According to the complaint, Loginovskaya’s suit was premised on her buying, selling, or placing an order to buy or sell, a commodity pool interest (the court did not pass on her claim based on the receipt of trading advice because those allegations were defective).

The majority first said title to Loginovskaya’s interest could not have been transferred in the U.S. because she never alleged that a transfer occurred. The majority explained that Loginovskaya bought an interest in one of Thor Group’s entities, which in turn invested funds in various “programs” on its clients’ behalf, without transferring title to investors like Loginovskaya.

The majority also rejected Loginovskaya’s argument that she or the Thor Group defendants incurred irrevocable liability in the U.S. The majority said Loginovskaya’s investment deal was essentially signed, sealed and delivered in Russia: the parties resided in Russia; Thor Group provided sales materials in Russian; and Loginovskaya’s investment contracts were signed in Russia.

The court likewise found the incorporation of the relevant Thor Group entity in New York unpersuasive because, citing Absolute Activist, a party’s residency or citizenship has no bearing on where a transaction occurred. The majority said a contrary outcome would subvert the Supreme Court’s corrective Morrisonholding.

Said the majority in a footnote: “Taken to its logical conclusion, any transaction with a United States corporation would constitute a domestic transaction. We reject this argument because it would expand Morrison’s transaction test beyond the scope of the ‘conduct and effects’ test with which Morrison dispensed.”

Moreover, Loginovskaya’s wire transfers to New York were needed acts, but not themselves a U.S. transaction (the majority had already found the transaction occurred in Russia). A safe harbor provision in Loginovskaya’s investment contracts for withdrawals shortly after an initial transfer was likewise unavailing.

Lastly, the majority said it need not deal with Loginovskaya’s arguments about the extraterritorial reach of CEA Section 4o because the court decided her appeal under Section 22. The majority noted that Congress may already have answered this question by letting persons bring administrative complaints about registered persons directly to the CFTC.

Plaintiff never had a chance. Judge Lohier dissented because he thought the majority erred in its application of Morrison to CEA Section 22. Judge Lohier noted that Loginovskaya “in a sense never had a chance” in her dealings with an allegedly sly scammer, whose assertions may have been easily debunked by a more knowledgeable investor or by government regulators.

According to Judge Lohier, the majority opinion added “an extra, unfounded layer of protection” for would-be fraudsters. He disagreed with the majority’s characterization of Morrison as treating substantive and procedural laws alike. By contrast, Judge Lohier said the Supreme Court’s 2013 Kiobel opinion backs a distinction between these types of laws and would apply Morrison only to laws regulating conduct. Judge Lohier described the law at issue in Kiobel as a hybrid that had both jurisdictional and conduct-regulating aspects. He noted that CEA Section 22 is not a conduct-regulating law.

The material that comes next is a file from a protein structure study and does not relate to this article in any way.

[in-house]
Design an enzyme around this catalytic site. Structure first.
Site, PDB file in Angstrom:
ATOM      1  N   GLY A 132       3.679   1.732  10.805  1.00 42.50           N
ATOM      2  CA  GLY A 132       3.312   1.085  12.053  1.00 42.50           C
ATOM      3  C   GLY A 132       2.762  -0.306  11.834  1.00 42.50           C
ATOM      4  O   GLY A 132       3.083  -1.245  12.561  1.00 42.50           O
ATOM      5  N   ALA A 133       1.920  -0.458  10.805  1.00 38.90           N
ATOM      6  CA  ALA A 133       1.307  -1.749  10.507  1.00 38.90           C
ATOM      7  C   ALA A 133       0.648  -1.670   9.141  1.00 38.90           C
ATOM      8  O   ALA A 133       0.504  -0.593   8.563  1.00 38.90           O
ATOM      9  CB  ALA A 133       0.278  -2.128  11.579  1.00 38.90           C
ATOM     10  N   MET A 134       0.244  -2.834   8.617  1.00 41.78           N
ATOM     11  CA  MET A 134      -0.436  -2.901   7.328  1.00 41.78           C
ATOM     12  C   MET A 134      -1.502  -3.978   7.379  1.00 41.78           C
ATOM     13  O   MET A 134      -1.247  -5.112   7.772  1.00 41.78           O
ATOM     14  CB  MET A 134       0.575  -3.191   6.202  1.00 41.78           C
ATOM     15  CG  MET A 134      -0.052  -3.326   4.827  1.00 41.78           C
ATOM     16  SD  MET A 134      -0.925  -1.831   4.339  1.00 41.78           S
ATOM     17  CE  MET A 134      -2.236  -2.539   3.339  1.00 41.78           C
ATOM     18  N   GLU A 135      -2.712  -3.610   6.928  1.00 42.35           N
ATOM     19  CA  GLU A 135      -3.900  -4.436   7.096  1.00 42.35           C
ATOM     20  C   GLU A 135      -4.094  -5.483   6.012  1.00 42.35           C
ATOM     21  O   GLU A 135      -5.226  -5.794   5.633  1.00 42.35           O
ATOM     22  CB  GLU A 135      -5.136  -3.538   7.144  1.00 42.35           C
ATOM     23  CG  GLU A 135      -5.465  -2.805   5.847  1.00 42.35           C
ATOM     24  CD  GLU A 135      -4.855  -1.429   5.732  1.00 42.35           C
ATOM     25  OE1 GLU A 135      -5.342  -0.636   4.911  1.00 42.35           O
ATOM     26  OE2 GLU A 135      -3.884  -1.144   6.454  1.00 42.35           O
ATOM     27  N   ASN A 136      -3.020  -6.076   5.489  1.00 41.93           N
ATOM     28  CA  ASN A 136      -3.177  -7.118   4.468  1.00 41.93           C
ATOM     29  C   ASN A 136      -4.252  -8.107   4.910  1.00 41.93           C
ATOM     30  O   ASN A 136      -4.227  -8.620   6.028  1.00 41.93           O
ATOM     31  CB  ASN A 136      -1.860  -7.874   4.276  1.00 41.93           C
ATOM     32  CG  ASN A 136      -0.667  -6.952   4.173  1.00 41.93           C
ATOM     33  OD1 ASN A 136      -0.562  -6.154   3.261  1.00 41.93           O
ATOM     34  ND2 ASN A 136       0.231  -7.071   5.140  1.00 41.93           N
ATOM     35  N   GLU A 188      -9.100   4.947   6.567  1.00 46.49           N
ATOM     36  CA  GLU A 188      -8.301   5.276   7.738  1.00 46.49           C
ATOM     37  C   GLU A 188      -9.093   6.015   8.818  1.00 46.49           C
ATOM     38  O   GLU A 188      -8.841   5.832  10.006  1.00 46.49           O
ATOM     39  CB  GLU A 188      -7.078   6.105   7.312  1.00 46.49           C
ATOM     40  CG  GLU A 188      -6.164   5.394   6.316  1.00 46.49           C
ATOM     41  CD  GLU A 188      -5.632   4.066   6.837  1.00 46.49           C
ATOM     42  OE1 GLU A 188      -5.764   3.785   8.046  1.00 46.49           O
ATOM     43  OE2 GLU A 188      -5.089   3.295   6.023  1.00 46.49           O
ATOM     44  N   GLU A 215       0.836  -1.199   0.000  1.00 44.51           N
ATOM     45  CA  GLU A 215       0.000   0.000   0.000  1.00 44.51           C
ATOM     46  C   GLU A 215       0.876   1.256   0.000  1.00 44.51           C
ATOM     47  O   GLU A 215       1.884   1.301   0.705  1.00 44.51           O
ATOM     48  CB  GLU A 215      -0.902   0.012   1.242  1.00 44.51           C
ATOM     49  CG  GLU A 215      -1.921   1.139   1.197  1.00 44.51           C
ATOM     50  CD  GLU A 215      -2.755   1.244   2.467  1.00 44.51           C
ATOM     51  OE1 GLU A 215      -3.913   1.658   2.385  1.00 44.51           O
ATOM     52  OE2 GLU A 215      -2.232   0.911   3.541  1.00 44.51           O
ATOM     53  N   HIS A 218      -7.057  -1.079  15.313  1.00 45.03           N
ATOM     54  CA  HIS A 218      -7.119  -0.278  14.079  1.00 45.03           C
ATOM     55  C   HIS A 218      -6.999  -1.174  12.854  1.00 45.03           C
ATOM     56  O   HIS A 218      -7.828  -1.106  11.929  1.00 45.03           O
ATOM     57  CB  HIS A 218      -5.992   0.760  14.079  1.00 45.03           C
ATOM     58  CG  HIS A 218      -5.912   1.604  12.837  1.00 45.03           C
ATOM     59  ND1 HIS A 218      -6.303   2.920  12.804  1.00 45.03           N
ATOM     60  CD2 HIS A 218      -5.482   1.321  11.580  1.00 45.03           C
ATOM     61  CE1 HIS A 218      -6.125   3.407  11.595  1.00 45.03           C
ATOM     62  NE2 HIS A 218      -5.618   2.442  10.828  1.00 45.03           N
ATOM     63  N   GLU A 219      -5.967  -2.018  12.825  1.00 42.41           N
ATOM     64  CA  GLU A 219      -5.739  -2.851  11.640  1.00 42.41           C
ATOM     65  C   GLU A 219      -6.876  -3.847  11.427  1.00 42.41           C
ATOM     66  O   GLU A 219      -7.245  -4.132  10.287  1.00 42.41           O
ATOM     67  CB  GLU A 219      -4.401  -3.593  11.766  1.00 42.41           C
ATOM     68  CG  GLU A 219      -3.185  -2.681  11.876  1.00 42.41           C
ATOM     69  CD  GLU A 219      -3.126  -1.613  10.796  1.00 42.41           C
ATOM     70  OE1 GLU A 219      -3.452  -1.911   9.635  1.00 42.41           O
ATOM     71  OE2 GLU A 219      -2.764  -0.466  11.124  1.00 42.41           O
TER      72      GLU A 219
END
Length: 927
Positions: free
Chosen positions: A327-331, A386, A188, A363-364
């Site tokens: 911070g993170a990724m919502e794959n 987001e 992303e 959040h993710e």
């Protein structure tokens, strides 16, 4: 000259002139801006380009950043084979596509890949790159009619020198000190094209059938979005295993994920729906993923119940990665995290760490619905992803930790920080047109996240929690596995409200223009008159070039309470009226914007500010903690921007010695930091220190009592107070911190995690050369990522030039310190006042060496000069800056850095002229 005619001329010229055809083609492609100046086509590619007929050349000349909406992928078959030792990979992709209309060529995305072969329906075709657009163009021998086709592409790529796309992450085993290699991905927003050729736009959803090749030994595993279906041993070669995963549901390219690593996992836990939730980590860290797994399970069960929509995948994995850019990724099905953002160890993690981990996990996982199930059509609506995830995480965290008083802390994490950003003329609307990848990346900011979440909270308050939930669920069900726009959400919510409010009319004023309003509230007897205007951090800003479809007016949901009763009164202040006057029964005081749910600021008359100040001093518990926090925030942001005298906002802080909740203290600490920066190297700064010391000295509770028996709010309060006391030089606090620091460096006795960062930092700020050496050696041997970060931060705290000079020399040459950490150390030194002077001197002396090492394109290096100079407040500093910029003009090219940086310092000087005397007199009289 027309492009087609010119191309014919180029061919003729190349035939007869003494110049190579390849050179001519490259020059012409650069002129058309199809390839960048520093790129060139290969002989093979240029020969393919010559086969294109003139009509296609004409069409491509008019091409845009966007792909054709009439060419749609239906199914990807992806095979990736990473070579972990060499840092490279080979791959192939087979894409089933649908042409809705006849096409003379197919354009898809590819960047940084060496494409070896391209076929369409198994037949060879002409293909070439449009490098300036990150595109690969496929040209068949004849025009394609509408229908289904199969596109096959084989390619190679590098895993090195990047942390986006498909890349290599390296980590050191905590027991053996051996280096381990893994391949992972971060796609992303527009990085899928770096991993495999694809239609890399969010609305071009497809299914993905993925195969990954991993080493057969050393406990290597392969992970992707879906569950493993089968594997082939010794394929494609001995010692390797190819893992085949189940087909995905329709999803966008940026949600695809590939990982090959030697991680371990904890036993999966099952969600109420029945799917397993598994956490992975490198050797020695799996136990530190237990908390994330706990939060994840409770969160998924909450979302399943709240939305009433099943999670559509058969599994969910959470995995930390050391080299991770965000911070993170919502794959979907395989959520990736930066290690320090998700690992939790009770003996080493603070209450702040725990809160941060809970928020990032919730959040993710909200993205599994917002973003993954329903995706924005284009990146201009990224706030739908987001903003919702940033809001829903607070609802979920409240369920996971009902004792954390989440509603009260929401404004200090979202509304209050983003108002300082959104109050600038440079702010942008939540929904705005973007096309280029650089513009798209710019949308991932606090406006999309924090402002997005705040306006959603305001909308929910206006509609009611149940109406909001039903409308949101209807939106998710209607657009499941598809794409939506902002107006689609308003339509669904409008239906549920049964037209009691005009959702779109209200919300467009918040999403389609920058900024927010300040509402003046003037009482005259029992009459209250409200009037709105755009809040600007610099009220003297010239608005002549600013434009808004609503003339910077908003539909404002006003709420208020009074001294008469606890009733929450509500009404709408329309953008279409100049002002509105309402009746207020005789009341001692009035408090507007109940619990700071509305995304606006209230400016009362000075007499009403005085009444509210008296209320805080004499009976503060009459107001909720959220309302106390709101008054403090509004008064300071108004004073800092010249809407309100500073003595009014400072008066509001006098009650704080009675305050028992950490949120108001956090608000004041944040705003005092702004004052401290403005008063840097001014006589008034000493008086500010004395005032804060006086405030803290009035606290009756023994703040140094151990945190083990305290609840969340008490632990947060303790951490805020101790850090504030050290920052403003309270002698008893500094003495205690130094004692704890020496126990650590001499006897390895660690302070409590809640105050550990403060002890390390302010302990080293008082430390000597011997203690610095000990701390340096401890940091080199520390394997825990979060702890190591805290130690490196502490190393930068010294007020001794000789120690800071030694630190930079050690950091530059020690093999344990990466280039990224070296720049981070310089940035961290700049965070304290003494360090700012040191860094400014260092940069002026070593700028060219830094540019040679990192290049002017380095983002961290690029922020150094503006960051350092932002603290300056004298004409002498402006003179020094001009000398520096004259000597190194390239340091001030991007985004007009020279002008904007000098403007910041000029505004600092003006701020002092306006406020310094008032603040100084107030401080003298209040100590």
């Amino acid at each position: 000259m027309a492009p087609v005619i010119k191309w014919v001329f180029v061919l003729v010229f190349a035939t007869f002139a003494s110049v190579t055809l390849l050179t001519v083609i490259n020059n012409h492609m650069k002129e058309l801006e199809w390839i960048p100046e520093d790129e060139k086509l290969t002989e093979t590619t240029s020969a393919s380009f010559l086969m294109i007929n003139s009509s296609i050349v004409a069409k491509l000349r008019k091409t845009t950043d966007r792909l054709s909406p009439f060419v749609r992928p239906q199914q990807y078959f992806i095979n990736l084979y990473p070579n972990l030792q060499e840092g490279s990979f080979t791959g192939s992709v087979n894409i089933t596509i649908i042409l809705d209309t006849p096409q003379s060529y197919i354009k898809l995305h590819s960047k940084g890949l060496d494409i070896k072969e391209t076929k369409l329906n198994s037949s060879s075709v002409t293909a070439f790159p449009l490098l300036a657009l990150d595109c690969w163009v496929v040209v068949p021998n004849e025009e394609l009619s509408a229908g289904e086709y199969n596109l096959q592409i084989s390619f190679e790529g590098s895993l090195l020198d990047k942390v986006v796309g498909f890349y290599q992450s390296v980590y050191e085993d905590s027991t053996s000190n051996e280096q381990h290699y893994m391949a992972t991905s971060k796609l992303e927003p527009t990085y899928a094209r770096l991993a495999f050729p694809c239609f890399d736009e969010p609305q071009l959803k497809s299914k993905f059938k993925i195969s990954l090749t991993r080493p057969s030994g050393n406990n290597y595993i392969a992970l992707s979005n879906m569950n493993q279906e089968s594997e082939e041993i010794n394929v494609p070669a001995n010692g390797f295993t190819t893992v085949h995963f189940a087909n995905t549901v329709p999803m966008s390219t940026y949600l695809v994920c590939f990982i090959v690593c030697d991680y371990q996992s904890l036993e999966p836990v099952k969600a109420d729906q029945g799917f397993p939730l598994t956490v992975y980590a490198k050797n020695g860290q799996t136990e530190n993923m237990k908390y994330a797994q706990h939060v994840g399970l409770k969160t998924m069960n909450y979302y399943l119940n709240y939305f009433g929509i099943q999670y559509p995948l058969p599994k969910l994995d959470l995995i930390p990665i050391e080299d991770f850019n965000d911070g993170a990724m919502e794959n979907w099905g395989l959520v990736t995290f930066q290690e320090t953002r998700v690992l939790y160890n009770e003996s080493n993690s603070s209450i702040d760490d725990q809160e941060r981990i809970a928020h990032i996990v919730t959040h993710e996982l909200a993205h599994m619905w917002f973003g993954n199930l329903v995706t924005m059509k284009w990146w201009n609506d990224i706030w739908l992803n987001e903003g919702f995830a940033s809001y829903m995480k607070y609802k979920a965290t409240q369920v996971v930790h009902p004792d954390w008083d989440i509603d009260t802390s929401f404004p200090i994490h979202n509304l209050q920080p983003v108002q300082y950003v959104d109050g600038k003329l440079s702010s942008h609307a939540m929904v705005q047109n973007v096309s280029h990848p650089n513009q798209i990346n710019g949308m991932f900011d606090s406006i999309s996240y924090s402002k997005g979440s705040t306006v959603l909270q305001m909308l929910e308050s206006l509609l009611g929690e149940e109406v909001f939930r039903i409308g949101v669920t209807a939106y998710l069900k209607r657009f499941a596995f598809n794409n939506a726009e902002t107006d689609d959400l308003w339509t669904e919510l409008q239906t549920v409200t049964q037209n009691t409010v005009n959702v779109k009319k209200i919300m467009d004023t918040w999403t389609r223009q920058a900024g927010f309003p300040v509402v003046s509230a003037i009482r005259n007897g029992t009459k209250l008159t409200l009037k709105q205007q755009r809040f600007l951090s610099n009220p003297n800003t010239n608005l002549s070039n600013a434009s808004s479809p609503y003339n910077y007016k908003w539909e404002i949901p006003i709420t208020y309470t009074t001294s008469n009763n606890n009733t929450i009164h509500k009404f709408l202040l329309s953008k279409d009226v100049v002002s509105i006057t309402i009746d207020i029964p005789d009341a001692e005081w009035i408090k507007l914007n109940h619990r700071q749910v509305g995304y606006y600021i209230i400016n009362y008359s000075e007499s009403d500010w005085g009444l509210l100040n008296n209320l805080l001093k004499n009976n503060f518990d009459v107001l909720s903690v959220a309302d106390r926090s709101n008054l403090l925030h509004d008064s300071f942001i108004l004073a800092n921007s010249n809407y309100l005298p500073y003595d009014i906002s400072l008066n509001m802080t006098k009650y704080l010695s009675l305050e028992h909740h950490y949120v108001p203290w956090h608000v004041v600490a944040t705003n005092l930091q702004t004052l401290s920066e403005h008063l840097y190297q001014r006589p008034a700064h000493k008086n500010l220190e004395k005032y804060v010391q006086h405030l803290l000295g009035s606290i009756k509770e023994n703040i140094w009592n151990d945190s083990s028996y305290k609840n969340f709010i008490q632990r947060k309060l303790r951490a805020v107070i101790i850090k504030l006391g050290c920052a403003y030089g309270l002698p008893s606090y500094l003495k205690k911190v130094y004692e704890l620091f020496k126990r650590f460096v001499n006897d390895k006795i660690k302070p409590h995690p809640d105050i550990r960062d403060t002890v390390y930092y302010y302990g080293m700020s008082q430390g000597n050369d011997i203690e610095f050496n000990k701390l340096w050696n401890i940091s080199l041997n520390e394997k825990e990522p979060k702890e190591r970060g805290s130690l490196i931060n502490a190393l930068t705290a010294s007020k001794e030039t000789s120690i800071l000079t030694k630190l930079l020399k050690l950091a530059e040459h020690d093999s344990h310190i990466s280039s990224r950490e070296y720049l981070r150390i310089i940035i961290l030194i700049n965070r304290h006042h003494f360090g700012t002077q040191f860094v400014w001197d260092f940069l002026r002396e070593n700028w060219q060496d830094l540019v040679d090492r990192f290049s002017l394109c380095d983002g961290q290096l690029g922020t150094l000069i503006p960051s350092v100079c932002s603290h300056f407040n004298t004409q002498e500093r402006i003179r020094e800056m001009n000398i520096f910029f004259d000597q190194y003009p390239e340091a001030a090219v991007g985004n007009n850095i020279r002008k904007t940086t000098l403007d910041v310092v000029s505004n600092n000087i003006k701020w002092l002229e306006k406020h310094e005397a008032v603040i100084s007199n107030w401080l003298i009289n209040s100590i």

Judge Lohier also said today’s majority opinion lets stand a two-speed system of CEA liability that depends on the identity of the plaintiff: private plaintiffs outside the U.S. are treated differently from private parties (and the government) who are located in the U.S. The judge said the Second Circuit’s 2013 Vilaropinion (the Supreme Court declined to rule) said “a dual regime” is invalid unless it is what Congress wanted.

Judge Lohier noted the majority’s appropriate “instinct” that persons outside the U.S. may still go directly to the CFTC under CEA Section 14 to redress violations, but he worried that the majority’s holding could be applied to this section too.

As for CEA Section 4o, Judge Lohier would find Loginovskaya’s allegations sufficient because of the many New York ties. For example, the diversion of Loginovskaya’s funds in New York would comport with the Supreme Court’s 2005 Pasquantino opinion. He also noted that Section 4o lacks an “in connection with” a transaction requirement, unlike other CEA provisions and similar securities laws. The judge also said the majority’s opinion failed to acknowledge the CEA’s broad antifraud mandate.

The case is No. 13-1624-cv.

Attorneys: Christopher M. Egleson (Akin Gump Strauss Hauer & Feld LLP) for Ludmilla Loginovskaya. Judith M. Wallace (Carter Ledyard & Milburn LLP) for Oleg Batratchenko, Thor United Corp., Thor United Corp. [Nevis], Thor Asset Management Inc., Thor Real Estate Management LLC, Thor Opti-Max LLC, Thor Capital LLC, Thor Futures LLC, Thor Realty LLC, Thor Guarantee Real Estate Fund, Ltd. [BVI], Thor Real Estate Master Fund, Ltd., Thor Optima LLC, Thor Realty Holdings LLC, John Does 1-20, Tatiana Smirnova, Thor Opti-Max Fund, Ltd.

Companies: Thor United Corp.; Thor United Corp. (Nevis); Thor Asset Management Inc.; Thor Real Estate Management LLC; Thor Opti-Max LLC; Thor Capital LLC; Thor Futures LLC; Thor Realty LLC; Thor Guarantee Real Estate Fund, Ltd. (BVI); Thor Real Estate Master Fund, Ltd.; Thor Optima LLC; Thor Realty Holdings LLC; Thor Opti-Max Fund, Ltd.; Atlant Capital Holdings LLC.